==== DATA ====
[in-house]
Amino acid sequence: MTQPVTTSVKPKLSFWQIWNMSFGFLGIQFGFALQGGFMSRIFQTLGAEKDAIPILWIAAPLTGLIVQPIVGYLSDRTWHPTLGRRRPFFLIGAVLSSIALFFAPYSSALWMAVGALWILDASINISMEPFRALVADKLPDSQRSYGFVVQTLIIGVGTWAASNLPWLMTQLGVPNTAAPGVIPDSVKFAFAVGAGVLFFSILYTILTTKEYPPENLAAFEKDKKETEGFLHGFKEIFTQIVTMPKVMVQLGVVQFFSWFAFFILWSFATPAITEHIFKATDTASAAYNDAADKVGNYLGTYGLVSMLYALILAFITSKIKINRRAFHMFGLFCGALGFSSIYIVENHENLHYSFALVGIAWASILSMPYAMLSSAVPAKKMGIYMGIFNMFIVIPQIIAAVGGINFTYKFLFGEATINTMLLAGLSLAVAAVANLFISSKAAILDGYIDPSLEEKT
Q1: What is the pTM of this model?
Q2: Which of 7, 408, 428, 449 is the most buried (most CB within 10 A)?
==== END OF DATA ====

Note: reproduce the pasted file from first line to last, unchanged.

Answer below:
[in-house]
Amino acid sequence: MTQPVTTSVKPKLSFWQIWNMSFGFLGIQFGFALQGGFMSRIFQTLGAEKDAIPILWIAAPLTGLIVQPIVGYLSDRTWHPTLGRRRPFFLIGAVLSSIALFFAPYSSALWMAVGALWILDASINISMEPFRALVADKLPDSQRSYGFVVQTLIIGVGTWAASNLPWLMTQLGVPNTAAPGVIPDSVKFAFAVGAGVLFFSILYTILTTKEYPPENLAAFEKDKKETEGFLHGFKEIFTQIVTMPKVMVQLGVVQFFSWFAFFILWSFATPAITEHIFKATDTASAAYNDAADKVGNYLGTYGLVSMLYALILAFITSKIKINRRAFHMFGLFCGALGFSSIYIVENHENLHYSFALVGIAWASILSMPYAMLSSAVPAKKMGIYMGIFNMFIVIPQIIAAVGGINFTYKFLFGEATINTMLLAGLSLAVAAVANLFISSKAAILDGYIDPSLEEKT
Q1: What is the pTM of this model?
Q2: Which of 7, 408, 428, 449 is the most buried (most CB within 10 A)?